The value of t* depends on the magnitude of the deficit being financed (ф), the monetary policy used to finance it, and the debt threshold Ф. Since the government increases the money supply at time T, Pt will, in general, be greater than S. This suggests that t* < T, that is, the attack takes place before the new monetary policy is implemented. In fact this is the case that arises in the calibrated versions of our model economy. However, there are two other cases to consider: t* = 0, and t* > T.u

The first case, t* = 0, arises when MT is large enough that the rate of inflation at time zero is higher than ц. The relatively high rate of inflation at time 0 induces agents to lower their consumption thus creating a fall in money demand and a rise in government debt. If the rise in debt is large enough to trigger the threshold rule then a speculative attack occurs immediately. The exchange rate will, in general, be discontinuous at time 0. See Subsection 4.3 for further discussion other.

The second case, t* > T, occurs for large values of Ф. The exchange rate is still fixed at T and the endogenous level of the money supply is equal to M. With a constant money supply no seignorage revenues are collected at T. Even though the government prints money and buys back government bonds, the money supply remains unaffected. This is because private agents reverse the effects of the open market operation by trading money for bonds. The money supply only changes at t*. at which point it drops to M* = cS. Thereafter the growth rate of the money supply and the rate of inflation are both equal to /i. The time of the speculative attack is determined by the requirement that the government’s intertemporal budget constraint (2.8) holds.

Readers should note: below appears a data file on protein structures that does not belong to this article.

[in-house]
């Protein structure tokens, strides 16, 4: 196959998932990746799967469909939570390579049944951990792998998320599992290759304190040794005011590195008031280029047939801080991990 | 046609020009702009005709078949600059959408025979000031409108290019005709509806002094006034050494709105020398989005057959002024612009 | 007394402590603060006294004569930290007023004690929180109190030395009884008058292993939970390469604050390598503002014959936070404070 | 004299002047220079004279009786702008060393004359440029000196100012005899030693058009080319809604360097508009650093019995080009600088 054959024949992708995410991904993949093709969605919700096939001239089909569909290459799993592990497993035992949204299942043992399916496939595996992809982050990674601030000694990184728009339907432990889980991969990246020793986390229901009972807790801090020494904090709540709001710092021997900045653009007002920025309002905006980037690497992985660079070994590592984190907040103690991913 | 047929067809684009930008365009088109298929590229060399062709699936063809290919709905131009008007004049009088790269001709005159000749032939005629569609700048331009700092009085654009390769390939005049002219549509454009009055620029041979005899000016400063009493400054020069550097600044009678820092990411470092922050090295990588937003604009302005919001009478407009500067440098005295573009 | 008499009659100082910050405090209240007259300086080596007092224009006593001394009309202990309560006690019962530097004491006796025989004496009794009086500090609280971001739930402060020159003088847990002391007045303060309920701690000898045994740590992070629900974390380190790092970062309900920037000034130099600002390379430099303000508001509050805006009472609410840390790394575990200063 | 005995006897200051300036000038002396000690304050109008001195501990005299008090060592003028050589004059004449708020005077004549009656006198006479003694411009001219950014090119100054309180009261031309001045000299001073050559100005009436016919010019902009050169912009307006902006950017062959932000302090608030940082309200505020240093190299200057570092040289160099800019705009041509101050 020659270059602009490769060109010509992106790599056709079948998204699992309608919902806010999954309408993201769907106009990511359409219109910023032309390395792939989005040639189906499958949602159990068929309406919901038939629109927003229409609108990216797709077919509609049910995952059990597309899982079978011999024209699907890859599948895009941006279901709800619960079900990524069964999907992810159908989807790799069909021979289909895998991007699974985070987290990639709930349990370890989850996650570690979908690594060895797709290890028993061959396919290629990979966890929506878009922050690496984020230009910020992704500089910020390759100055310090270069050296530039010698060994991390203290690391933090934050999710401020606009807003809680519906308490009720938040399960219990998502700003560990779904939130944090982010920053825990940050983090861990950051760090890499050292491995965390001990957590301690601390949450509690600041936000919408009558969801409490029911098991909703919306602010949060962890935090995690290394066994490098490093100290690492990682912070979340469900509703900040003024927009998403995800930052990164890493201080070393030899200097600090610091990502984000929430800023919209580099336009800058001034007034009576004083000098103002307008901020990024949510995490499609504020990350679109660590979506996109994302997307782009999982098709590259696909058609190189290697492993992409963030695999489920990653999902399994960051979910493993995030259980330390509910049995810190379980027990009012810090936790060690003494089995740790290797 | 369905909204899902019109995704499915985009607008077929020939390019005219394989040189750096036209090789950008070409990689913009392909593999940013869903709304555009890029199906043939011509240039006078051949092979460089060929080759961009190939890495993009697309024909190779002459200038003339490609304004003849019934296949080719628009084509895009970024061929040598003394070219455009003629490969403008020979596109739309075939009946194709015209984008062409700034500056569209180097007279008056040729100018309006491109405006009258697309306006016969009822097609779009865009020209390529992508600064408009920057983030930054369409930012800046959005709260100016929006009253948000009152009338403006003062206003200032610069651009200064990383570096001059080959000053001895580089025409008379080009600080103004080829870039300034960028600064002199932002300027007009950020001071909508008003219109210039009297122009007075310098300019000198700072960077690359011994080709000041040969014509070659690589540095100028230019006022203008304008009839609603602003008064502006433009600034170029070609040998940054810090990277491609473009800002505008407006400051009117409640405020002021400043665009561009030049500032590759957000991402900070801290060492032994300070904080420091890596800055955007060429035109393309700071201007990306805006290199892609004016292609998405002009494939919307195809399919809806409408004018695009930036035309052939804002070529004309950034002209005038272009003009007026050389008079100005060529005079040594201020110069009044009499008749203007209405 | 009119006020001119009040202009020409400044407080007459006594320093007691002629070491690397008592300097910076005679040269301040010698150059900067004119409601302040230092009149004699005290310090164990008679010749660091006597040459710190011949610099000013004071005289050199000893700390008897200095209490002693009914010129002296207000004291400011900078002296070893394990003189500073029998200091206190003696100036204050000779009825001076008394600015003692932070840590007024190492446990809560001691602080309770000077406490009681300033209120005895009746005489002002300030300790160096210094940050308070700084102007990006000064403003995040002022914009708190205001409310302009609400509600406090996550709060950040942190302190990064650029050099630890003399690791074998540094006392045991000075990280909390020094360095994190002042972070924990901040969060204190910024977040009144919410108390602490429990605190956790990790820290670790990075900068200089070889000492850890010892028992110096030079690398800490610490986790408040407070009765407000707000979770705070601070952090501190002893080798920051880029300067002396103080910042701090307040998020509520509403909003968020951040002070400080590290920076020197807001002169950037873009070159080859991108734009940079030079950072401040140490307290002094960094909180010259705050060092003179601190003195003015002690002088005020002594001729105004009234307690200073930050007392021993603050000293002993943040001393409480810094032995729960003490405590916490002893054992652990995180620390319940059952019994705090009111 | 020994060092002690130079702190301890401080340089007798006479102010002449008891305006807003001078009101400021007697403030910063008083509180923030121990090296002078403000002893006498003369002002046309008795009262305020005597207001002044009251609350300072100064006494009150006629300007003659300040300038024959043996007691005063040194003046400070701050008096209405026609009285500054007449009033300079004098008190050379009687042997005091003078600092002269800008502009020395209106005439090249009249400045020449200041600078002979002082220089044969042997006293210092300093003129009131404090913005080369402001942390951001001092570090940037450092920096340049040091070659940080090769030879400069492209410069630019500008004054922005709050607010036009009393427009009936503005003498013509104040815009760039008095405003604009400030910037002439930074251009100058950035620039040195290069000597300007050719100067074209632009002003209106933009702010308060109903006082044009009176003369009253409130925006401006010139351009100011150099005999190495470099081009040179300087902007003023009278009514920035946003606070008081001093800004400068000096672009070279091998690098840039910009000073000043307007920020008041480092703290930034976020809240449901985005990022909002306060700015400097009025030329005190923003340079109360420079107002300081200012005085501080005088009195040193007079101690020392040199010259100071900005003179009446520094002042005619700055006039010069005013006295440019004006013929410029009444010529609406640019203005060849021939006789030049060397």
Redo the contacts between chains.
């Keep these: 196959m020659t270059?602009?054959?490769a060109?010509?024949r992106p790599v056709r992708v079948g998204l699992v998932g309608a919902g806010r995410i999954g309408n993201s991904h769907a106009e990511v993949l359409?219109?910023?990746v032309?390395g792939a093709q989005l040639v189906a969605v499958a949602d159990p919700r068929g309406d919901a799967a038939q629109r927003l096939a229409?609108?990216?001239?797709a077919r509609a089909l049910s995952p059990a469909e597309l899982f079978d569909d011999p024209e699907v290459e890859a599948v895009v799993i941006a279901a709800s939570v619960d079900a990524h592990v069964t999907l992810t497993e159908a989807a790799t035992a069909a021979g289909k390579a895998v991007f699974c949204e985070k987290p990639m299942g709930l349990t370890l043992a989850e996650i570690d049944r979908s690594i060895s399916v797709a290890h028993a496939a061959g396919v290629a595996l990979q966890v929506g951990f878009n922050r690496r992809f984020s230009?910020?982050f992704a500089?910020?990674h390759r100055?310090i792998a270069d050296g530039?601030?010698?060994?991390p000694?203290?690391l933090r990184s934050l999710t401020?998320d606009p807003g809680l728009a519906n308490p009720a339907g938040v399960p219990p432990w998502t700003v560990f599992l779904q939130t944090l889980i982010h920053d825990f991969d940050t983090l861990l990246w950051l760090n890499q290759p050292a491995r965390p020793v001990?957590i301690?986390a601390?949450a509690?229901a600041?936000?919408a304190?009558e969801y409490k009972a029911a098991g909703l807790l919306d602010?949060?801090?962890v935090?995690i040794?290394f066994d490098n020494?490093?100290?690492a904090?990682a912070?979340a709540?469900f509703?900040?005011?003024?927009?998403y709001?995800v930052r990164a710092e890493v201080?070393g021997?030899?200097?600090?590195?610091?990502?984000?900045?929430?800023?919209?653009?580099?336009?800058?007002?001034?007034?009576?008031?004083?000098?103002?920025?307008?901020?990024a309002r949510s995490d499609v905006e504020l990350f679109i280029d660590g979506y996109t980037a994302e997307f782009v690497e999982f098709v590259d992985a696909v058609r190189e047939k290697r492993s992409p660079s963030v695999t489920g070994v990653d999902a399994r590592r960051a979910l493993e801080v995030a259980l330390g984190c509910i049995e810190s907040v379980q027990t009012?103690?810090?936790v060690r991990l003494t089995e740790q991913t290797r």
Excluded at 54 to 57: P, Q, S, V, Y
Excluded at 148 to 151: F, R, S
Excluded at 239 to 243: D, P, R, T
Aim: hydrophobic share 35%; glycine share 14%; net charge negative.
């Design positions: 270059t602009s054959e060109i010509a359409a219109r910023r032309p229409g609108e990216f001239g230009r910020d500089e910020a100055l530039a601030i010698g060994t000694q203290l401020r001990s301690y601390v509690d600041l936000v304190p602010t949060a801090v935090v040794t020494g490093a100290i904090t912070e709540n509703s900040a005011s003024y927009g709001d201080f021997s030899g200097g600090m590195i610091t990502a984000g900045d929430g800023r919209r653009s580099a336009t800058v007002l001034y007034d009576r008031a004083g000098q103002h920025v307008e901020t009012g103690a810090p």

The final step in computing t* is to ensure that с is consistent with the household’s budget constraint, (2.4) and that monetary policy raises sufficient revenues to balance the government’s budget constraint:

The term (c — cT) represents the adjustment in real balances that takes place at time T in response to the discontinuous decline in inflation to its new level, ц.

It is evident from (3.14) that there is a continuum of (Мт,ц) combinations that satisfy the government’s budget constraint. If we fix Mt we can then solve for the values of с and )i that simultaneously solve (2.4) and (3.2). Proceeding analogously we can fix /1 and solve for с and Mr- Since it is not possible to carry out these steps analytically we now turn to calibrated versions of the model.

Numerical Experiments

Here we study the determinants of speculative attacks in versions of our the model that have been calibrated using Korean and Thai data.

Model Calibration

Table 1 summarizes the parameter values of our benchmark models. Throughout we use 1996 as the baseline period for time series that are sampled at annual frequencies. In addition we normalize both output and the time 0 exchange rate, S, to be one.

The value of t* depends on the magnitude of the deficit being financed (ф), the monetary policy used to finance it, and the debt threshold Ф. Since the government increases the money supply at time T, Pt will, in general, be greater than S. This suggests that t* < T, that is, the attack takes place before the new monetary policy is implemented. In fact this is the case that arises in the calibrated versions of our model economy. However, there are two other cases to consider: t* = 0, and t* > T.u The first case, t* = 0, arises when MT is large enough that the rate of inflation at time zero is higher than ц. The relatively